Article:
When I was a young student it seemed that “curiosity” was promoted as a good thing. Maybe we called it “healthy” curiosity. At the same time we knew that “curiosity killed the cat.” the message was clear enough. Be careful where you stick your nose!
With the explosion of data available on our hand-helds, or by asking “Siri, Alexa, Assistant, or Cortana,” we may find ourselves or others constantly looking up facts. A short time back we amused ourselves in pursuit of “trivia;” and for generations we may have enjoyed collecting baseball or other sports stats. It seems harmless enough.
When the Most Holy Eucharist is exposed at the time of Benediction, we recite the Divine Praises. They are acclamations of adoration before the Real Presence of Christ on the altar. There we announce, “Blessed be Jesus Christ, True God and True Man.” In the Latin, we say “Perfectus Deo. Perfectus Homo!”
It is great to read the New Testament. Try reading one chapter a day – from the beginning of St Matthew’s Gospel, through the last of the Book of Revelation. It will take you about 7-8 months, and will give you a new appreciation of the Word of God in its continuity. Then, begin over. Ask the Holy Spirit to help you, and each time you read it, you will find something new.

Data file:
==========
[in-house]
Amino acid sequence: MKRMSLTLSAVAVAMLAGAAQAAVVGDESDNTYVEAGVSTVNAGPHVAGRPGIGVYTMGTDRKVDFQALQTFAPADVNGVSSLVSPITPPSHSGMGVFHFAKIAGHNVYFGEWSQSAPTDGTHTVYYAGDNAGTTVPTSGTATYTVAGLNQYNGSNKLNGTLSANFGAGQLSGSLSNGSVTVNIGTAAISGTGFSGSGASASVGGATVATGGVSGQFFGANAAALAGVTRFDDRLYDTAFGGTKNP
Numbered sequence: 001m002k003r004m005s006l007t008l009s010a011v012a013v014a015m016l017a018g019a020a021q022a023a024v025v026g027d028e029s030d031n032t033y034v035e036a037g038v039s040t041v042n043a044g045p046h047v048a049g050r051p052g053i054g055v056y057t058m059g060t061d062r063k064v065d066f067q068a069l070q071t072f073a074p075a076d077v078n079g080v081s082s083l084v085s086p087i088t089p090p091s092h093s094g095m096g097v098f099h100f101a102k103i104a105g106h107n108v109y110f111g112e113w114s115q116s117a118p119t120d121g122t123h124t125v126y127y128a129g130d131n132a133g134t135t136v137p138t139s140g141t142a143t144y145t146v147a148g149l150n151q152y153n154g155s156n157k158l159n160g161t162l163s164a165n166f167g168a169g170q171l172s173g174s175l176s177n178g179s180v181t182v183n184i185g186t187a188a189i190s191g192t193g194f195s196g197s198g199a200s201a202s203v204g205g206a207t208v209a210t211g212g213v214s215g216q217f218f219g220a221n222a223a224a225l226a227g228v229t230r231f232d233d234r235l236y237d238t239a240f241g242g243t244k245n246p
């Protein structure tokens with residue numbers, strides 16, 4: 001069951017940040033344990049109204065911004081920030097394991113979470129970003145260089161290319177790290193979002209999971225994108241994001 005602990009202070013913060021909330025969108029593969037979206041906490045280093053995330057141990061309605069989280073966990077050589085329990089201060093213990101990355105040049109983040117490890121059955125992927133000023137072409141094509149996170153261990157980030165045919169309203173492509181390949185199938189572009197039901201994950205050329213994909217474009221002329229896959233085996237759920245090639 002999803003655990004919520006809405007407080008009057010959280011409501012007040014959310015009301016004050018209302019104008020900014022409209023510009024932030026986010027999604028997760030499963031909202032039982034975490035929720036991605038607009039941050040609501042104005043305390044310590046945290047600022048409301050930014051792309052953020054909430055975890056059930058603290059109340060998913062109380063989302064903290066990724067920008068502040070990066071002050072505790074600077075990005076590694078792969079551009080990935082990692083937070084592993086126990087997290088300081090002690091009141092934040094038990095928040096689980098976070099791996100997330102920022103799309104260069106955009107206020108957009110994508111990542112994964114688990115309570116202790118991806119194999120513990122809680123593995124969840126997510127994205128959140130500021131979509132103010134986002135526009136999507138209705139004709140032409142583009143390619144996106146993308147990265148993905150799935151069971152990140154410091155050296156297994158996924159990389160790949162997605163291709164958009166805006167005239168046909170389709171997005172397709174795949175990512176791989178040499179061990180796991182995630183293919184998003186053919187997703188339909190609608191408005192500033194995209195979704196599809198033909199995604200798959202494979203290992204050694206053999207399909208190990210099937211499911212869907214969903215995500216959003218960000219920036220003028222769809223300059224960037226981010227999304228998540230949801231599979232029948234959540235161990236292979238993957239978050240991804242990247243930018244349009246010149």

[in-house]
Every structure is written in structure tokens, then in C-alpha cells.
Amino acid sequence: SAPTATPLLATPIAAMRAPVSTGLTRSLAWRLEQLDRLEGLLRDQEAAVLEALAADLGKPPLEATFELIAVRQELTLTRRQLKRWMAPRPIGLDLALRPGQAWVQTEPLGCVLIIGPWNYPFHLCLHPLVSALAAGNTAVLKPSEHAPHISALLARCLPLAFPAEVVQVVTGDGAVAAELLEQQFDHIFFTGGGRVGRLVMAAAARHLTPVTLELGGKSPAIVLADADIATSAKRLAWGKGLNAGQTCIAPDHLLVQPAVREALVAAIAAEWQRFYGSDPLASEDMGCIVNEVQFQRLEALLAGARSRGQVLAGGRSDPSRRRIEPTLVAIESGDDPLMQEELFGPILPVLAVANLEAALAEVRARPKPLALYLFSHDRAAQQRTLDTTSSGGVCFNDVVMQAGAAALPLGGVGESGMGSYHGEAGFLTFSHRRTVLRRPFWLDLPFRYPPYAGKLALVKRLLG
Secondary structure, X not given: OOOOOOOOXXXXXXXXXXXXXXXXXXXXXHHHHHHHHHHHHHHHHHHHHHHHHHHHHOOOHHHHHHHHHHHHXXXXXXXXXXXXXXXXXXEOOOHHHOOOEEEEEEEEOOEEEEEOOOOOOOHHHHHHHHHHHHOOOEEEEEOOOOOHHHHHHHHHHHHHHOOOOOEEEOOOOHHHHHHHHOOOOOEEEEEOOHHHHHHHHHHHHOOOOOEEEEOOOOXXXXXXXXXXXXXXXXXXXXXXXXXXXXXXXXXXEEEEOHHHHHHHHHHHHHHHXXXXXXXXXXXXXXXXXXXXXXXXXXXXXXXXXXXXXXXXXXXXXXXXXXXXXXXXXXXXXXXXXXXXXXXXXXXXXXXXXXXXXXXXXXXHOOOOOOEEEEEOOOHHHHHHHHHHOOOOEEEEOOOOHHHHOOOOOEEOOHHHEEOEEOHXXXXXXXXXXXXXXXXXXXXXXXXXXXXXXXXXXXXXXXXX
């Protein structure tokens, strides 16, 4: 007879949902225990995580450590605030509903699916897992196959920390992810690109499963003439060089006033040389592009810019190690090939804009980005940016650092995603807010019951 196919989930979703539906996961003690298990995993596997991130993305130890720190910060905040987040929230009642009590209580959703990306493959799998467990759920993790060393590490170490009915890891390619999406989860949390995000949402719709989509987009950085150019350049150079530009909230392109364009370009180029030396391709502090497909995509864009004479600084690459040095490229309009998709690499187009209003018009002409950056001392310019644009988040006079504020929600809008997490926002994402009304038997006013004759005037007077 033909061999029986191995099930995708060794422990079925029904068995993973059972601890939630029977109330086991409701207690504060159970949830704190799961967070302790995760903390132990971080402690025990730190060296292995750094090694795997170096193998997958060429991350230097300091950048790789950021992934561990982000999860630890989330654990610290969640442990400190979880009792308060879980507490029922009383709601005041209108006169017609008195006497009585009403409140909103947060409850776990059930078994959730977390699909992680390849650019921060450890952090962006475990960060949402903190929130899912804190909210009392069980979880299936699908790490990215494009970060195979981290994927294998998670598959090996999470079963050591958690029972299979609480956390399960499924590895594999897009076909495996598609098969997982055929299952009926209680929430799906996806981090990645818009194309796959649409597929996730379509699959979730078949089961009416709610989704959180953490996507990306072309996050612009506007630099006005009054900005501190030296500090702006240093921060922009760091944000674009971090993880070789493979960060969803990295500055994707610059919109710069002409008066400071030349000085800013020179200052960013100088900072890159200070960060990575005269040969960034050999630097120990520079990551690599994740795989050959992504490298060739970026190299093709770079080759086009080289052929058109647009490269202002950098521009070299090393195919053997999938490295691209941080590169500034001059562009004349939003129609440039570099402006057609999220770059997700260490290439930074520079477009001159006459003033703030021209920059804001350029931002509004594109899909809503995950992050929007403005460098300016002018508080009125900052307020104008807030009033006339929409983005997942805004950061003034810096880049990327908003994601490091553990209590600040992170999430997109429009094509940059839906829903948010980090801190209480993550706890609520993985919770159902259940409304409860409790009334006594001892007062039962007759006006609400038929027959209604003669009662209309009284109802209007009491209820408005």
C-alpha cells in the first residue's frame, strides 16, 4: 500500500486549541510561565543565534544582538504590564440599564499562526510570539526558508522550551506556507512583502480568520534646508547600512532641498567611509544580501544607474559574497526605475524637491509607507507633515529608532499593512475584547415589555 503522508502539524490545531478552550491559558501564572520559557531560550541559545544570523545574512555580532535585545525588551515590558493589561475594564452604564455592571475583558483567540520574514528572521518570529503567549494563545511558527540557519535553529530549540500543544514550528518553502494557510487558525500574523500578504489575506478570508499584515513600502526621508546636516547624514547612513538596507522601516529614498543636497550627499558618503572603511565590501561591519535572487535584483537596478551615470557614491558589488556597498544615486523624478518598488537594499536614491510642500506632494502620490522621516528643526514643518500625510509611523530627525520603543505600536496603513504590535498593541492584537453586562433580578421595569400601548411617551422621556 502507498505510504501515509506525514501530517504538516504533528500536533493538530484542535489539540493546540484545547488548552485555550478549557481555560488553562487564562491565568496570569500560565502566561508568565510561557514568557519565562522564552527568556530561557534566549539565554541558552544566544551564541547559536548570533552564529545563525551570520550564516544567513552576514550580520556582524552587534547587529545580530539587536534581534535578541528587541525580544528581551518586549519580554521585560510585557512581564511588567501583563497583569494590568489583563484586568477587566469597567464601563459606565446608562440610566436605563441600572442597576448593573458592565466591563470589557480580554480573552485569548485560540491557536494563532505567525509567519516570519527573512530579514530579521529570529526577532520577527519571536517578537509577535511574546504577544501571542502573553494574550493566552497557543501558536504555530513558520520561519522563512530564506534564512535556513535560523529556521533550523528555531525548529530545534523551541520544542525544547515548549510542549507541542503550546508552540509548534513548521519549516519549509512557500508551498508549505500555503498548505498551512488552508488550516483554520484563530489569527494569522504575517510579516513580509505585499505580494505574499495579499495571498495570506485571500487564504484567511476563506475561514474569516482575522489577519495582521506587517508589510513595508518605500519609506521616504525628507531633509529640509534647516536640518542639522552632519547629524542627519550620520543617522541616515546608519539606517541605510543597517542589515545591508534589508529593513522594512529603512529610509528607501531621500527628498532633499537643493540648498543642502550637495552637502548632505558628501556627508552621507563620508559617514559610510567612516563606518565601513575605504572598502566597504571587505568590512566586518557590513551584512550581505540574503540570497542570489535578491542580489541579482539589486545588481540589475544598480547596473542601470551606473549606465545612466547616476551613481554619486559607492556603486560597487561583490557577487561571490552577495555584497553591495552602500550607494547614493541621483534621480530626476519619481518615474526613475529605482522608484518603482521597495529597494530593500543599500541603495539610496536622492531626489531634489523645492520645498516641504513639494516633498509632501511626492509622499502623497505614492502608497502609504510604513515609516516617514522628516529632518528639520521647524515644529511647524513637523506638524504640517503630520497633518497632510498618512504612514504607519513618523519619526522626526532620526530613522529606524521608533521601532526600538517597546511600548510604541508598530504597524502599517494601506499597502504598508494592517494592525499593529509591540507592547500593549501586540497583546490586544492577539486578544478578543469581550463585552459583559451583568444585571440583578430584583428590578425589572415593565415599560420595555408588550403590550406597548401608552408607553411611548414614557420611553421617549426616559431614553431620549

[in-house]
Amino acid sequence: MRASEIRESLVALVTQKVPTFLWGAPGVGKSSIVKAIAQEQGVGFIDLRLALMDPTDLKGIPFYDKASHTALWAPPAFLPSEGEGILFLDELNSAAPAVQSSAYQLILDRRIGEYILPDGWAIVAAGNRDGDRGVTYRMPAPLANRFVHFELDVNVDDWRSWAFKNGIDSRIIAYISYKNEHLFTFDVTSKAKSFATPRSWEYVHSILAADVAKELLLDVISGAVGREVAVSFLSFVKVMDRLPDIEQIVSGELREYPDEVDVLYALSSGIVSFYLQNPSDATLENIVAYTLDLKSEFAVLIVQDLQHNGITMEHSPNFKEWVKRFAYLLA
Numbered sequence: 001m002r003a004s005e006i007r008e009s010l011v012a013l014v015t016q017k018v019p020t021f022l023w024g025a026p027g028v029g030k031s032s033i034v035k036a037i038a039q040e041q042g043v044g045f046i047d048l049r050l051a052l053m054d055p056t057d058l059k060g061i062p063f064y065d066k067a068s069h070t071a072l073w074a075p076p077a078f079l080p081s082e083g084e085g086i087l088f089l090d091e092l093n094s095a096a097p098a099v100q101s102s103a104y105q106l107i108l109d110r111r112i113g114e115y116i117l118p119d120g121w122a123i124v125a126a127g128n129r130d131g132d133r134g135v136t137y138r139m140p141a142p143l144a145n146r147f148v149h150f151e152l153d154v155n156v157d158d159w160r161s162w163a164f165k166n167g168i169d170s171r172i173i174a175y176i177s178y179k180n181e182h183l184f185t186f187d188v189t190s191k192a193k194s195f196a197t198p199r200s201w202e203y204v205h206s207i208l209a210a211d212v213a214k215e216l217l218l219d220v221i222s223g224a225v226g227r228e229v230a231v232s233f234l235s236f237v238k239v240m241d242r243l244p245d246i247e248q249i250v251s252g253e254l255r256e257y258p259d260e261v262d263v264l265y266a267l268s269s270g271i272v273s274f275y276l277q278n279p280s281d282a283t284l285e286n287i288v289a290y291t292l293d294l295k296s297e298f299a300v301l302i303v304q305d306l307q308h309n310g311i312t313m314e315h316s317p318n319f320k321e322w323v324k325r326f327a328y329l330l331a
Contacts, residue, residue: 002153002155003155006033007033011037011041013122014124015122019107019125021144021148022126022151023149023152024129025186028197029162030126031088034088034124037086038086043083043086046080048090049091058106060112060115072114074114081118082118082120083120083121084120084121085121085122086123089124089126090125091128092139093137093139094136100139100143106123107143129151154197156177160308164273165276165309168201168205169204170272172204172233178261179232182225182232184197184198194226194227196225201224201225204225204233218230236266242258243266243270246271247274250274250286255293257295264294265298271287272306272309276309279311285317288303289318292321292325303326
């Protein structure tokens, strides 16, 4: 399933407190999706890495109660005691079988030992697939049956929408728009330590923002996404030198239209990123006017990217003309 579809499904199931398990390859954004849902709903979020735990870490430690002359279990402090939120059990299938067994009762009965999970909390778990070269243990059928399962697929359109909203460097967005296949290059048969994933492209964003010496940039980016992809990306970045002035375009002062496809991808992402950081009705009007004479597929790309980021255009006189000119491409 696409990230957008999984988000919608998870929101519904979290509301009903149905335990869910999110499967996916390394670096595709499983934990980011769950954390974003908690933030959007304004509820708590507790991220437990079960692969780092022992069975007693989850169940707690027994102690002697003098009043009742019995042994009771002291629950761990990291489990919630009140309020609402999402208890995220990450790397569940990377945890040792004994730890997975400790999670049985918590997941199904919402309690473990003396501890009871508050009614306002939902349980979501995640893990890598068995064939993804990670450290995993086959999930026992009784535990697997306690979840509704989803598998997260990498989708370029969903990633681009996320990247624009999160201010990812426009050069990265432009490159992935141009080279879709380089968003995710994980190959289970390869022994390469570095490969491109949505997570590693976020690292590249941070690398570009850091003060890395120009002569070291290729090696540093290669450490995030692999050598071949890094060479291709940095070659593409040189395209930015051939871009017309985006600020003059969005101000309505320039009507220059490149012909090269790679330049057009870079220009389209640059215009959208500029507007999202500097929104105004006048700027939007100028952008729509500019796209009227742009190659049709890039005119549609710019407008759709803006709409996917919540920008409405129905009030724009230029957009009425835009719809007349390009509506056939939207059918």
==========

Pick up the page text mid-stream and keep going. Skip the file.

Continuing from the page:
God: Father, Son, and Holy Spirit
We are washed in the waters of Baptism; we begin and end our prayers; we sign ourselves with the Cross – all in the name of the Father, and of the Son, and of the Holy Spirit.
We invoke God by those names we have learned: God the Father, God the Son, and God the Holy Spirit. There is one God, but three Divine Persons. This is God: manifest in all His works, revealed in the Sacred Scriptures, and taught in the Church’s Magisterium.
“The world will little note, nor long remember what we say here, but it can never forget what they did here. It is for us the living, rather, to be dedicated here to the unfinished work which they who fought here have thus far so nobly advanced. It is rather for us to be here dedicated to the great task remaining before us -- that from these honored dead we take increased devotion to that cause for which they gave the last full measure of devotion … “ (A. Lincoln. Gettysburg Address, November 19, 1863)